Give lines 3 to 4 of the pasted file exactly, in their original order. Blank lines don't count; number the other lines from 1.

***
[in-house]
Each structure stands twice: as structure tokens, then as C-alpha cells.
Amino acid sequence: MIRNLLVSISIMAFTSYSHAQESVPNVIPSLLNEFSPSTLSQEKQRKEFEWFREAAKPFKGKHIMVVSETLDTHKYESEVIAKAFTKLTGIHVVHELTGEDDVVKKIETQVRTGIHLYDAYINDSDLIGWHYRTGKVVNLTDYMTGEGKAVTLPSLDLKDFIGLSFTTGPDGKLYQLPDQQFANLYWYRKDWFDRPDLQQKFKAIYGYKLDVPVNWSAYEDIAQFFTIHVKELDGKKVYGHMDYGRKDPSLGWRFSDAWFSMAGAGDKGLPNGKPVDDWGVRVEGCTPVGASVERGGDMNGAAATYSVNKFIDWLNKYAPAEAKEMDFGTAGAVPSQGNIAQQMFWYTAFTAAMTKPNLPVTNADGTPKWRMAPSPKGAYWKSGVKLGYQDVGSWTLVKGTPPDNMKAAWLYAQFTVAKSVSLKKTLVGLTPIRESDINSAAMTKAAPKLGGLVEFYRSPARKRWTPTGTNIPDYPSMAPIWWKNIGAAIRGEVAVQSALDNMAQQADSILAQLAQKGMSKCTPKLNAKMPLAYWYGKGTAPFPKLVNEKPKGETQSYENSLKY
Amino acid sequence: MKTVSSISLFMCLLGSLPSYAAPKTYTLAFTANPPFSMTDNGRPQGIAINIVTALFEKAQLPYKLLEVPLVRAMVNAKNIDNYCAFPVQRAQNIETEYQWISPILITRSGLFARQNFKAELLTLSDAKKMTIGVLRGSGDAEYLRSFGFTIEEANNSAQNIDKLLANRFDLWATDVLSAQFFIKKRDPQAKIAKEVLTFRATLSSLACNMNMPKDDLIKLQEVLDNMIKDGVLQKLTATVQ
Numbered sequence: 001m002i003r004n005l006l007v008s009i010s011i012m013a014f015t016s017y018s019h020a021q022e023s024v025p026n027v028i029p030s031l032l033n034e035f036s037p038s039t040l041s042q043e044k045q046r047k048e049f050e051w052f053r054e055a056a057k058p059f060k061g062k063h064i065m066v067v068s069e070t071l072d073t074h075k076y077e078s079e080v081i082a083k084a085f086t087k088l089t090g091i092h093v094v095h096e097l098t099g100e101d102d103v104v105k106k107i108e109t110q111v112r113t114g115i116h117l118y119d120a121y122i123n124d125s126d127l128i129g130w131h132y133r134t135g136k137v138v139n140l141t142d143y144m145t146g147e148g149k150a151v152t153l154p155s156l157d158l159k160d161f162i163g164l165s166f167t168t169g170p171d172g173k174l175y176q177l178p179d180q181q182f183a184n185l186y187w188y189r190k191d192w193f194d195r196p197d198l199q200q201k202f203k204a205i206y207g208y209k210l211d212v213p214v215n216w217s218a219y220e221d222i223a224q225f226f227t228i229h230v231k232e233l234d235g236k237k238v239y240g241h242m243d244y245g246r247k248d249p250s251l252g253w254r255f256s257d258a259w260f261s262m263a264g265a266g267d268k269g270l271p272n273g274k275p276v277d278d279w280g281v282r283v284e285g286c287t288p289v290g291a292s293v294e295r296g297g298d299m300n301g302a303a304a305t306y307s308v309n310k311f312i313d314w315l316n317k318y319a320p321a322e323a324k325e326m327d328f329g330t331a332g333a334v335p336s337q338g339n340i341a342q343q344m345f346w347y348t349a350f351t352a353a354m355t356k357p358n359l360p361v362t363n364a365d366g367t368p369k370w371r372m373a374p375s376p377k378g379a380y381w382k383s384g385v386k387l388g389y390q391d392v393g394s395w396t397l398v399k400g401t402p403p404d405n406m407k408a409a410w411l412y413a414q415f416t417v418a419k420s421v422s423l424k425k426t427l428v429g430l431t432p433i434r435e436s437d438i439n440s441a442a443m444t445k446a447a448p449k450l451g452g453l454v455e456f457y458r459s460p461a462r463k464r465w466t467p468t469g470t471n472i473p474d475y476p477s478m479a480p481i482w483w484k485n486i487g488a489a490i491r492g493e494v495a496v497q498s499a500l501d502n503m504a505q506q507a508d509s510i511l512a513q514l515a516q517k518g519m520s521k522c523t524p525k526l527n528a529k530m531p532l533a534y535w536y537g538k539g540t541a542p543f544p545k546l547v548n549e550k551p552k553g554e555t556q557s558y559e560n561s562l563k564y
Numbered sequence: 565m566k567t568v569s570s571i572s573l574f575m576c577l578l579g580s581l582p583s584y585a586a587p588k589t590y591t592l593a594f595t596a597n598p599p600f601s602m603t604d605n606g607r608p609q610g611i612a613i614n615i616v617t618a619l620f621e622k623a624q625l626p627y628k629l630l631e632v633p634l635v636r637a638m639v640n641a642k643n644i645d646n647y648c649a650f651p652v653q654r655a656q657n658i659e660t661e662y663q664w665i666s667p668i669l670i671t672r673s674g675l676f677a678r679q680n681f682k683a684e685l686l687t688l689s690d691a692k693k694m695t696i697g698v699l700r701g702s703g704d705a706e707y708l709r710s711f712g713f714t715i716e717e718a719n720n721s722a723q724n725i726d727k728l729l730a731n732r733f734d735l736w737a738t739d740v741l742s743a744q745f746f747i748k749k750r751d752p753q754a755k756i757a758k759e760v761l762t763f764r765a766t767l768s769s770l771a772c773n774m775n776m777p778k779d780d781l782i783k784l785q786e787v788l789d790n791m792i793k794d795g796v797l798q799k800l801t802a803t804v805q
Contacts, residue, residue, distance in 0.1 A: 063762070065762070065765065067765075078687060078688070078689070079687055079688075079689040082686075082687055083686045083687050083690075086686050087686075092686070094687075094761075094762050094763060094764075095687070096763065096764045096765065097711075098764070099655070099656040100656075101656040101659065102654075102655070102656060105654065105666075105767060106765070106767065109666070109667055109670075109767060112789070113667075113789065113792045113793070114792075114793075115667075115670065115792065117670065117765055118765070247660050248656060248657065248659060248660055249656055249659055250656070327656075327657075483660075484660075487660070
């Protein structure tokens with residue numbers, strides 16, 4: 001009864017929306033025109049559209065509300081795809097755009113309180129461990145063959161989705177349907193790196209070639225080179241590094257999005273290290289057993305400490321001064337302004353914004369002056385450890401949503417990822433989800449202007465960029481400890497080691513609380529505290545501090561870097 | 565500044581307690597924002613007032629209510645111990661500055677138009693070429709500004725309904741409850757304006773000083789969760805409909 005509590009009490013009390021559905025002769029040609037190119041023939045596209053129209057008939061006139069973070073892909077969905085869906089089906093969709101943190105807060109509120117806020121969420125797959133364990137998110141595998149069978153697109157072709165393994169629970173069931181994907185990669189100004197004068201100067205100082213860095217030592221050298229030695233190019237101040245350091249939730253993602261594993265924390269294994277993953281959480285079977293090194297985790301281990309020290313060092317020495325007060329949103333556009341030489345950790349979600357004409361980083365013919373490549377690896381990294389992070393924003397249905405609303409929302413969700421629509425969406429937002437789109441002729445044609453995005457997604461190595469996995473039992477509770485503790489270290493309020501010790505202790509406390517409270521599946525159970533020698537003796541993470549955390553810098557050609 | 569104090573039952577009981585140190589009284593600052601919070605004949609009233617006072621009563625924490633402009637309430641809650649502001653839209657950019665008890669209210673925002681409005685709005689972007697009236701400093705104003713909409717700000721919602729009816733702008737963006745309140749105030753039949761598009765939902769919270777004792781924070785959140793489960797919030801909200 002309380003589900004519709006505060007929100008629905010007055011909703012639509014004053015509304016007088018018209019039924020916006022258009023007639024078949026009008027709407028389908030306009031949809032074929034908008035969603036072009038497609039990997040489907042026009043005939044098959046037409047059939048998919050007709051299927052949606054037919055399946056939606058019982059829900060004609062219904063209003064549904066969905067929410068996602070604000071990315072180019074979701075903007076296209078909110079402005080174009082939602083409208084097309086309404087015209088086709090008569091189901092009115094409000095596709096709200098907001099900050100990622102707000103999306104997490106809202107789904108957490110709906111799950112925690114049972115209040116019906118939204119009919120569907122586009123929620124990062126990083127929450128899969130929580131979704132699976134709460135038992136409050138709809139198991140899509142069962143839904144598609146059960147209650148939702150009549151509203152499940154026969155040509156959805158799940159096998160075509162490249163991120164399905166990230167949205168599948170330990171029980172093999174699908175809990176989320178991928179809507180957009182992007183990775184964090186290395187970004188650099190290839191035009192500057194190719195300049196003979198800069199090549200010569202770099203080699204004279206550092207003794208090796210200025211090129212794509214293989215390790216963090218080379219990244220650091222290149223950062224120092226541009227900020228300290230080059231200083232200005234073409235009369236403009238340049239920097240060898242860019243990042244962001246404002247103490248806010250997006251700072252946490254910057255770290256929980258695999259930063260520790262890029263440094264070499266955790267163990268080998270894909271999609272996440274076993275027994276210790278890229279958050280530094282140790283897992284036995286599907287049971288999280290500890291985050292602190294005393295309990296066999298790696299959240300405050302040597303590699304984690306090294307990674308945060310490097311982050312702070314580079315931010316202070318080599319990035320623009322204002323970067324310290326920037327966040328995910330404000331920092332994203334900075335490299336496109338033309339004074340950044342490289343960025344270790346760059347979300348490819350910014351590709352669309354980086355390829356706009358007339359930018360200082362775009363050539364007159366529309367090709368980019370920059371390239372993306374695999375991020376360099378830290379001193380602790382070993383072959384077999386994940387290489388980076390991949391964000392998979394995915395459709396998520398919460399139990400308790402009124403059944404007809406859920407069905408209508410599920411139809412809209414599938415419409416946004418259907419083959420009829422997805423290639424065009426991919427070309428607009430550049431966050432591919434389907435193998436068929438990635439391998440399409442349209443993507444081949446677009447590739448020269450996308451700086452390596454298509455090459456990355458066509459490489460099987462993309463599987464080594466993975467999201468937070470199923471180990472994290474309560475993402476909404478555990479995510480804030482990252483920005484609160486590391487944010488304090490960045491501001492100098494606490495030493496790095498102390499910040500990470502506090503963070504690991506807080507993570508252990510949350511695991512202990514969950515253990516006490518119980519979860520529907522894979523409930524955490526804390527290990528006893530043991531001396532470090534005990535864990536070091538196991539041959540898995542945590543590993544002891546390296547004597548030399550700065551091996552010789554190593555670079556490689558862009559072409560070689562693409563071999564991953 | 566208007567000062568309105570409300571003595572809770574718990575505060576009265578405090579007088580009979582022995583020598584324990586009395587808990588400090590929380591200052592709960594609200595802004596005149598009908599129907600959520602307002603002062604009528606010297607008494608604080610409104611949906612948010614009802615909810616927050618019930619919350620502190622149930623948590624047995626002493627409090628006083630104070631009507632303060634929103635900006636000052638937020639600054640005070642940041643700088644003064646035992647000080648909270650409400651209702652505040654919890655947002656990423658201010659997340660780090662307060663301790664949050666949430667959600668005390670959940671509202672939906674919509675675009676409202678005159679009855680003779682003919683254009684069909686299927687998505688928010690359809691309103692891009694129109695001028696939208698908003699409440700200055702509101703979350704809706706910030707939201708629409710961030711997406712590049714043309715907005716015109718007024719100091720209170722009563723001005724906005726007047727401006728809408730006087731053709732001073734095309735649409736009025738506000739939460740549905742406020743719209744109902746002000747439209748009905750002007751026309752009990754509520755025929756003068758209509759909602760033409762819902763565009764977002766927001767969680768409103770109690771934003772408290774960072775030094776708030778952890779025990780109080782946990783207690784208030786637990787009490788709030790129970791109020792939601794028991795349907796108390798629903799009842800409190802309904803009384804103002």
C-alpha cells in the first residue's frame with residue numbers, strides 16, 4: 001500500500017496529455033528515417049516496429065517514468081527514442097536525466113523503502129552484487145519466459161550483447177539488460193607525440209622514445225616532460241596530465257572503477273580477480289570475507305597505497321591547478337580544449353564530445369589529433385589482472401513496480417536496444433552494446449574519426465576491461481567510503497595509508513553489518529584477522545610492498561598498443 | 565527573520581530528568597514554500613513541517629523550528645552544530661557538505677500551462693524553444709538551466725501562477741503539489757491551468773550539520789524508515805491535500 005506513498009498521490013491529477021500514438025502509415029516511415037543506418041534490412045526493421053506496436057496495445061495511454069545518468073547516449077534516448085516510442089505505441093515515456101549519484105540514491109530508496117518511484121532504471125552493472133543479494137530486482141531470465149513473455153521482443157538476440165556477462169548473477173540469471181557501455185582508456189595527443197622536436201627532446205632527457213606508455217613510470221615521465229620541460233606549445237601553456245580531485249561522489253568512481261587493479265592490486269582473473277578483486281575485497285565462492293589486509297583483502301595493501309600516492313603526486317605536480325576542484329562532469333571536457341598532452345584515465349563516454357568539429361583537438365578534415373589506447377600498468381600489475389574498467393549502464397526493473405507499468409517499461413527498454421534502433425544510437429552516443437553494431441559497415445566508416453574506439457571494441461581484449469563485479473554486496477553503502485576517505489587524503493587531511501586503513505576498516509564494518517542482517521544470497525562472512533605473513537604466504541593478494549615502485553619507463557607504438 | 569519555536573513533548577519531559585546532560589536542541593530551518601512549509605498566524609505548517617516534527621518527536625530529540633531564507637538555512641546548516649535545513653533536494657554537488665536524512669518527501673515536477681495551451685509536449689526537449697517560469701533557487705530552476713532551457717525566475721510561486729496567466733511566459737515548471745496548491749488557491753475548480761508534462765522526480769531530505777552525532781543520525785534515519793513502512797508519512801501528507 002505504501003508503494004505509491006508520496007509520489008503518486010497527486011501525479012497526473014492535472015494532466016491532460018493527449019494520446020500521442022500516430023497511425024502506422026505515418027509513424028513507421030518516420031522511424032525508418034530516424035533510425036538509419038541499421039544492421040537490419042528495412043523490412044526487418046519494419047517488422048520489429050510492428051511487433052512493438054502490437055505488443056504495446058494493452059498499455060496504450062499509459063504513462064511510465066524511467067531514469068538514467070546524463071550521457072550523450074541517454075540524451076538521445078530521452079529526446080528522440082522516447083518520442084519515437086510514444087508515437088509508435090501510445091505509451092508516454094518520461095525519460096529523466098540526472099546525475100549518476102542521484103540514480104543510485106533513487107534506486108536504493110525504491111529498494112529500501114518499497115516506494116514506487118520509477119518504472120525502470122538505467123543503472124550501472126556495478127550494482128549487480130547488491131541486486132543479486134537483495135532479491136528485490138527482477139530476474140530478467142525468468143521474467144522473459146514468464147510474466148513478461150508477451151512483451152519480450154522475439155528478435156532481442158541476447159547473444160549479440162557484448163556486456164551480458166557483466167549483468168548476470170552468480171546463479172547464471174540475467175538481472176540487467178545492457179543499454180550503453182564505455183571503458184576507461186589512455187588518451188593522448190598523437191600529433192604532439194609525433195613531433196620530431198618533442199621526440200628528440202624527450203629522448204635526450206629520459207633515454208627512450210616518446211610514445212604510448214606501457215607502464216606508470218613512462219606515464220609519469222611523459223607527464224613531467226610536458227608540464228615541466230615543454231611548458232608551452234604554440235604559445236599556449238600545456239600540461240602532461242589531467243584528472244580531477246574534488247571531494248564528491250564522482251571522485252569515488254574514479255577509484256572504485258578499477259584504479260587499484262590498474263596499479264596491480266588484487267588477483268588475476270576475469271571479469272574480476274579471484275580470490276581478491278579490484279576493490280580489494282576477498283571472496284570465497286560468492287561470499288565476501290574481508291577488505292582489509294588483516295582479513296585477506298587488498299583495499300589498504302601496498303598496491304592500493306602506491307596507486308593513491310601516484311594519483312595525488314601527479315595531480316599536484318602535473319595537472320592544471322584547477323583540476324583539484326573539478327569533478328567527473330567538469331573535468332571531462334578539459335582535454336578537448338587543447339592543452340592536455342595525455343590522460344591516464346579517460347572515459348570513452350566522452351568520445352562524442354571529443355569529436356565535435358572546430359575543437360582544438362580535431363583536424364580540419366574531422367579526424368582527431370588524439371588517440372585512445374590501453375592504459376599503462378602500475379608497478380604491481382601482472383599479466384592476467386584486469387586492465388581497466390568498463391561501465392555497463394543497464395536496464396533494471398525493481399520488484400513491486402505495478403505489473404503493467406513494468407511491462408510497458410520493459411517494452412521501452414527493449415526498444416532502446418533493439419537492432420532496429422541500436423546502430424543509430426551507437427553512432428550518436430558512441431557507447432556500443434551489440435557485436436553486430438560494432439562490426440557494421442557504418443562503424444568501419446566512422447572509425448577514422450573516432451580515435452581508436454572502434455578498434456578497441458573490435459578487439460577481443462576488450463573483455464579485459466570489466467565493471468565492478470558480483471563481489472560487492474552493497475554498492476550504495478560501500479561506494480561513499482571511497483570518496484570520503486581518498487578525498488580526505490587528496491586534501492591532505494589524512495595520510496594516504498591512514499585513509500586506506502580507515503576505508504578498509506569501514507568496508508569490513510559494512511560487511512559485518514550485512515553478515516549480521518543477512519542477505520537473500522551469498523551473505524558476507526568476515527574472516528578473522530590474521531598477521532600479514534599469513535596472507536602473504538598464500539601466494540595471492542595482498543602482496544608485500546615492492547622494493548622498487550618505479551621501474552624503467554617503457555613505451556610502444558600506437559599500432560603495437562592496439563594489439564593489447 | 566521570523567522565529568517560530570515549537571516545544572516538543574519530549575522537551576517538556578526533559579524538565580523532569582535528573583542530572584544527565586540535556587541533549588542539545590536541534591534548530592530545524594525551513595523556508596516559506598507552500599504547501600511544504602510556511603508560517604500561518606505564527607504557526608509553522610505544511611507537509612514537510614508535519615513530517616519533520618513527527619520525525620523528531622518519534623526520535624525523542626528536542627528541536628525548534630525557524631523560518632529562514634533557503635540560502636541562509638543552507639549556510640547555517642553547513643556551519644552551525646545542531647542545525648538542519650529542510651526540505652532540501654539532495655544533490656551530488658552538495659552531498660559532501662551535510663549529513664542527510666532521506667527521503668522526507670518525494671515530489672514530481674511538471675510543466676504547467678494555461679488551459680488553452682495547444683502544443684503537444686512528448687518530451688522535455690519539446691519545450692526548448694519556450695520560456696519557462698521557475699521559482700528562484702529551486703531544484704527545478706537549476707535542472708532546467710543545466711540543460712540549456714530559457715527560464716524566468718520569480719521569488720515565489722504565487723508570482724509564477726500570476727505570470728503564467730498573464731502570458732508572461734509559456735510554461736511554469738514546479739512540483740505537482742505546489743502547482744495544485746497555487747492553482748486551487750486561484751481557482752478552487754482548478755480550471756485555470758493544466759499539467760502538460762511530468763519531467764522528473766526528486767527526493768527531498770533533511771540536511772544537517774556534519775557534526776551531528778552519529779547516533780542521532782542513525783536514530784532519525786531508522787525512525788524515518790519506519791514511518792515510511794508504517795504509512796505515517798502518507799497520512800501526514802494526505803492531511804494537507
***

Amino acid sequence: MIRNLLVSISIMAFTSYSHAQESVPNVIPSLLNEFSPSTLSQEKQRKEFEWFREAAKPFKGKHIMVVSETLDTHKYESEVIAKAFTKLTGIHVVHELTGEDDVVKKIETQVRTGIHLYDAYINDSDLIGWHYRTGKVVNLTDYMTGEGKAVTLPSLDLKDFIGLSFTTGPDGKLYQLPDQQFANLYWYRKDWFDRPDLQQKFKAIYGYKLDVPVNWSAYEDIAQFFTIHVKELDGKKVYGHMDYGRKDPSLGWRFSDAWFSMAGAGDKGLPNGKPVDDWGVRVEGCTPVGASVERGGDMNGAAATYSVNKFIDWLNKYAPAEAKEMDFGTAGAVPSQGNIAQQMFWYTAFTAAMTKPNLPVTNADGTPKWRMAPSPKGAYWKSGVKLGYQDVGSWTLVKGTPPDNMKAAWLYAQFTVAKSVSLKKTLVGLTPIRESDINSAAMTKAAPKLGGLVEFYRSPARKRWTPTGTNIPDYPSMAPIWWKNIGAAIRGEVAVQSALDNMAQQADSILAQLAQKGMSKCTPKLNAKMPLAYWYGKGTAPFPKLVNEKPKGETQSYENSLKY
Amino acid sequence: MKTVSSISLFMCLLGSLPSYAAPKTYTLAFTANPPFSMTDNGRPQGIAINIVTALFEKAQLPYKLLEVPLVRAMVNAKNIDNYCAFPVQRAQNIETEYQWISPILITRSGLFARQNFKAELLTLSDAKKMTIGVLRGSGDAEYLRSFGFTIEEANNSAQNIDKLLANRFDLWATDVLSAQFFIKKRDPQAKIAKEVLTFRATLSSLACNMNMPKDDLIKLQEVLDNMIKDGVLQKLTATVQ